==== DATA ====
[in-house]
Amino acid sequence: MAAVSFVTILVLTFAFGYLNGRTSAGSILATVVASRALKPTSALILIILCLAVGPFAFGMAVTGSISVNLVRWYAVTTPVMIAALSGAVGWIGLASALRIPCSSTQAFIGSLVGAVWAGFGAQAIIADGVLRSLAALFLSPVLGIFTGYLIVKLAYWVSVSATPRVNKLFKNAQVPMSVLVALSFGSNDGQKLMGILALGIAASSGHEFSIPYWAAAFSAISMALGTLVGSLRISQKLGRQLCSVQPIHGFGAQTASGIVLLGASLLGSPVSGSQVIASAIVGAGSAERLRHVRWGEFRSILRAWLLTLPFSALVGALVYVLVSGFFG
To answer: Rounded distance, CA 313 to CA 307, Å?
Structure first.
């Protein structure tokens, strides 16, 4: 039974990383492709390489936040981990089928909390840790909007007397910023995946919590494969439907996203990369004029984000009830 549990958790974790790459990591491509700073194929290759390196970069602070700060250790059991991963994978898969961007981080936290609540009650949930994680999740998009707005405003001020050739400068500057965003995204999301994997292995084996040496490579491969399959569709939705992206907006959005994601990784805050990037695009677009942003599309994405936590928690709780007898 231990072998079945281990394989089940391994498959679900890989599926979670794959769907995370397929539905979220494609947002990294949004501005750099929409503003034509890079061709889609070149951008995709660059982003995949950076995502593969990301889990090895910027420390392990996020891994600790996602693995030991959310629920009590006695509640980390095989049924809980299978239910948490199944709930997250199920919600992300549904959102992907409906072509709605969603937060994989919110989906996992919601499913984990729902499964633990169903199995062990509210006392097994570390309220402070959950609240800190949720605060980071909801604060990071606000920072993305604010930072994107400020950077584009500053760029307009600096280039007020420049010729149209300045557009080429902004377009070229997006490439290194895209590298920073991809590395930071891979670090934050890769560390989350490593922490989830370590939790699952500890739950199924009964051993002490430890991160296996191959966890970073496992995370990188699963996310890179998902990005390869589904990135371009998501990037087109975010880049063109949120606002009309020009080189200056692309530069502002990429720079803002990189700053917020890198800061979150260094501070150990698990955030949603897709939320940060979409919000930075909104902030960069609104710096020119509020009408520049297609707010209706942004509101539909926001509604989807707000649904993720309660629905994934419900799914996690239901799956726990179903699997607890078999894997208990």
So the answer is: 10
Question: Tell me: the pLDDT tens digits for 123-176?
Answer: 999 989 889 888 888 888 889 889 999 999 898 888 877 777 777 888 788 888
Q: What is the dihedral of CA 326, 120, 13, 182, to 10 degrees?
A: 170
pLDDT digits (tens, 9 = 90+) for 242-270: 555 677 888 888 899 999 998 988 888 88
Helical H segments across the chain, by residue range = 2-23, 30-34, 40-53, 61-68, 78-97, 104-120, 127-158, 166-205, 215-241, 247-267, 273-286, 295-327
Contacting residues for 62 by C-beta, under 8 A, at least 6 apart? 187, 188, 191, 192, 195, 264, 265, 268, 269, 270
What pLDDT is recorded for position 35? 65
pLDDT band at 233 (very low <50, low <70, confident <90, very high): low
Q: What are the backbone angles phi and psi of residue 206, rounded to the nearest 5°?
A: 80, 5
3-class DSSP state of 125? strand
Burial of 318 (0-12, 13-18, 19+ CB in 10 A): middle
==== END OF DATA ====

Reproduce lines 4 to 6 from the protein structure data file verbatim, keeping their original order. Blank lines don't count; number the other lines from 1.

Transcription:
Structure first.
């Protein structure tokens, strides 16, 4: 039974990383492709390489936040981990089928909390840790909007007397910023995946919590494969439907996203990369004029984000009830 549990958790974790790459990591491509700073194929290759390196970069602070700060250790059991991963994978898969961007981080936290609540009650949930994680999740998009707005405003001020050739400068500057965003995204999301994997292995084996040496490579491969399959569709939705992206907006959005994601990784805050990037695009677009942003599309994405936590928690709780007898 231990072998079945281990394989089940391994498959679900890989599926979670794959769907995370397929539905979220494609947002990294949004501005750099929409503003034509890079061709889609070149951008995709660059982003995949950076995502593969990301889990090895910027420390392990996020891994600790996602693995030991959310629920009590006695509640980390095989049924809980299978239910948490199944709930997250199920919600992300549904959102992907409906072509709605969603937060994989919110989906996992919601499913984990729902499964633990169903199995062990509210006392097994570390309220402070959950609240800190949720605060980071909801604060990071606000920072993305604010930072994107400020950077584009500053760029307009600096280039007020420049010729149209300045557009080429902004377009070229997006490439290194895209590298920073991809590395930071891979670090934050890769560390989350490593922490989830370590939790699952500890739950199924009964051993002490430890991160296996191959966890970073496992995370990188699963996310890179998902990005390869589904990135371009998501990037087109975010880049063109949120606002009309020009080189200056692309530069502002990429720079803002990189700053917020890198800061979150260094501070150990698990955030949603897709939320940060979409919000930075909104902030960069609104710096020119509020009408520049297609707010209706942004509101539909926001509604989807707000649904993720309660629905994934419900799914996690239901799956726990179903699997607890078999894997208990």
So the answer is: 10